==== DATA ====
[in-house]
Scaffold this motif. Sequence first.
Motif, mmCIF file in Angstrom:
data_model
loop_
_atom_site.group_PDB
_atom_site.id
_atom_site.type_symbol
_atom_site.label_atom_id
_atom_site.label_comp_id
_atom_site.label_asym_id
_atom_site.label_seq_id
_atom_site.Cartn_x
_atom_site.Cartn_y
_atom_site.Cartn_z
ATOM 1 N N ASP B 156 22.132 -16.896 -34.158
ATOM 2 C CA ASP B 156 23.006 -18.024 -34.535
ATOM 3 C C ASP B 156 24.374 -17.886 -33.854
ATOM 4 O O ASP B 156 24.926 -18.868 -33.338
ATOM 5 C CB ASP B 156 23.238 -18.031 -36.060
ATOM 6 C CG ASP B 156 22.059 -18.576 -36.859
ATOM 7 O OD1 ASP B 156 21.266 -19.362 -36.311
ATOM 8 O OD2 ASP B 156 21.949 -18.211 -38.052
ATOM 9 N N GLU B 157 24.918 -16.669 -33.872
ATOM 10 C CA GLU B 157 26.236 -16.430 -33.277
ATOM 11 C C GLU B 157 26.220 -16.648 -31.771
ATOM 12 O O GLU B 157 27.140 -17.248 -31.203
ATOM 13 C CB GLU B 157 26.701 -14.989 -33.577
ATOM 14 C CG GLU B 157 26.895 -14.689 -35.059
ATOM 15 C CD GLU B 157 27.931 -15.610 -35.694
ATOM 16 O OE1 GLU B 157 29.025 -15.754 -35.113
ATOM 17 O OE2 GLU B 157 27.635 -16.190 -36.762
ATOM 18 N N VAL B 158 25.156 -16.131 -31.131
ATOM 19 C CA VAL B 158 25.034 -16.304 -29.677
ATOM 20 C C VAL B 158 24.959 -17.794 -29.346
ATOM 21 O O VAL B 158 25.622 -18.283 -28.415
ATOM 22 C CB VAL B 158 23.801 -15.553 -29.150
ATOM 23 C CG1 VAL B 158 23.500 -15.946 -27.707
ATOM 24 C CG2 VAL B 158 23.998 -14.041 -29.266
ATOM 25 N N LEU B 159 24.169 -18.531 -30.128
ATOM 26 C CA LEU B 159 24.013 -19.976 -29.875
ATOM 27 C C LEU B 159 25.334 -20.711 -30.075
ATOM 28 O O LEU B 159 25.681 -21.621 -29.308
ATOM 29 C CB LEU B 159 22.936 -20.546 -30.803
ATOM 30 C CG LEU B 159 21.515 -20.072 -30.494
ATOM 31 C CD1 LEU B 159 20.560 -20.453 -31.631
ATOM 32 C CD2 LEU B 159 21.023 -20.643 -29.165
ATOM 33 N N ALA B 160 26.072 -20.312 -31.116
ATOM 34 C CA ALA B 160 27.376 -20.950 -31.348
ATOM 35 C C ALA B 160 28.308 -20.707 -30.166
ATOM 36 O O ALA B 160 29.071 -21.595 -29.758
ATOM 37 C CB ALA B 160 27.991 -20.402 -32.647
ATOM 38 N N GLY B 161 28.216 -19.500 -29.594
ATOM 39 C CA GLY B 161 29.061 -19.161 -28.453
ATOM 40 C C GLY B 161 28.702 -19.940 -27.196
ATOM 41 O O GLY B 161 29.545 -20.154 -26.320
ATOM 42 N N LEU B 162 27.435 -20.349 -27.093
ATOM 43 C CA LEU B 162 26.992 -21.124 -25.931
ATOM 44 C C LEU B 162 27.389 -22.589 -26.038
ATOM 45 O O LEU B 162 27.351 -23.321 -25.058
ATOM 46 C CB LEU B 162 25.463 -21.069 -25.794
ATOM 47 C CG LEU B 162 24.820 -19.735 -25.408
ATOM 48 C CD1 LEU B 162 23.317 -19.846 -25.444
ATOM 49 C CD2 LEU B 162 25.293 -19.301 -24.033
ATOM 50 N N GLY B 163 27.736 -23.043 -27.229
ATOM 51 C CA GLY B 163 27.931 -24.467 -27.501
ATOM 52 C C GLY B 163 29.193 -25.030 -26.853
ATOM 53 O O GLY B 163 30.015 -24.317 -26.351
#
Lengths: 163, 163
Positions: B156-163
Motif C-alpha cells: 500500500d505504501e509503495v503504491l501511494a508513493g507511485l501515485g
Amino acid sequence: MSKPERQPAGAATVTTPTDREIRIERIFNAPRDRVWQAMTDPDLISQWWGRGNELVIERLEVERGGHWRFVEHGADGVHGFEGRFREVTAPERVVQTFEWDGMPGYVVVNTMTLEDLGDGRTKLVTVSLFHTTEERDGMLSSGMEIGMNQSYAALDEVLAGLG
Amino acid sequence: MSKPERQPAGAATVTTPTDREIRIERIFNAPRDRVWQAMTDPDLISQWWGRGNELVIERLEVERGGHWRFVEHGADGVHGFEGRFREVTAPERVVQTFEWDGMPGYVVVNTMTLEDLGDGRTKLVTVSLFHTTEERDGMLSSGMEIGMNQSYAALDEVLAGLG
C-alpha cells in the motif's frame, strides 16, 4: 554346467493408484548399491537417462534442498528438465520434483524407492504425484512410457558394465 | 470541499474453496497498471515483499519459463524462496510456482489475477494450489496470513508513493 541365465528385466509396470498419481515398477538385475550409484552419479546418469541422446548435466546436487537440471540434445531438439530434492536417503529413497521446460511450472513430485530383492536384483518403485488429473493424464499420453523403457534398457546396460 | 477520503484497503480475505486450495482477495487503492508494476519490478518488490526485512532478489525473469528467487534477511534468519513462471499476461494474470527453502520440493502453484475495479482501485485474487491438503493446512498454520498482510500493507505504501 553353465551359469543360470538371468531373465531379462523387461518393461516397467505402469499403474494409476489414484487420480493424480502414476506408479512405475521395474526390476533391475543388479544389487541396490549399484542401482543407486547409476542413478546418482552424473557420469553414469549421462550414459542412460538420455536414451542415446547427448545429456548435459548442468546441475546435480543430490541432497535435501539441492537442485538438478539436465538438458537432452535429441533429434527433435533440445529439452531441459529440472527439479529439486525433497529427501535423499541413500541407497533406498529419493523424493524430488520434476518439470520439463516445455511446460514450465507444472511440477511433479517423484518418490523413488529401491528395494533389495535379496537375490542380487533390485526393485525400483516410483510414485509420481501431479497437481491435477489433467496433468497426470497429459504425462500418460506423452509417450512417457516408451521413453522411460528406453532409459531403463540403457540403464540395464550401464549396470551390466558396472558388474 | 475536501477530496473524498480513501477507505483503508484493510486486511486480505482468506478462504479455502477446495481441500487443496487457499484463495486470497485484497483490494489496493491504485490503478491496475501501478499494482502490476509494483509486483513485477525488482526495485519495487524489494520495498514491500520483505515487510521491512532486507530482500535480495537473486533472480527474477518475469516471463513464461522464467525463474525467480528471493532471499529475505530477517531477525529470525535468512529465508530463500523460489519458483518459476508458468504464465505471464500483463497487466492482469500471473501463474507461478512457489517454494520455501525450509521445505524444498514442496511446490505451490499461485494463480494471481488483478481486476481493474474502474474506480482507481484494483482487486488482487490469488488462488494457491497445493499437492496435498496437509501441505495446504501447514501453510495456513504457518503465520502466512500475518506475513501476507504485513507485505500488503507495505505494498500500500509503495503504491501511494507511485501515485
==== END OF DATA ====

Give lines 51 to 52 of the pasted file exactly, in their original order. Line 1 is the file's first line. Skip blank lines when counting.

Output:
ATOM 36 O O ALA B 160 29.071 -21.595 -29.758
ATOM 37 C CB ALA B 160 27.991 -20.402 -32.647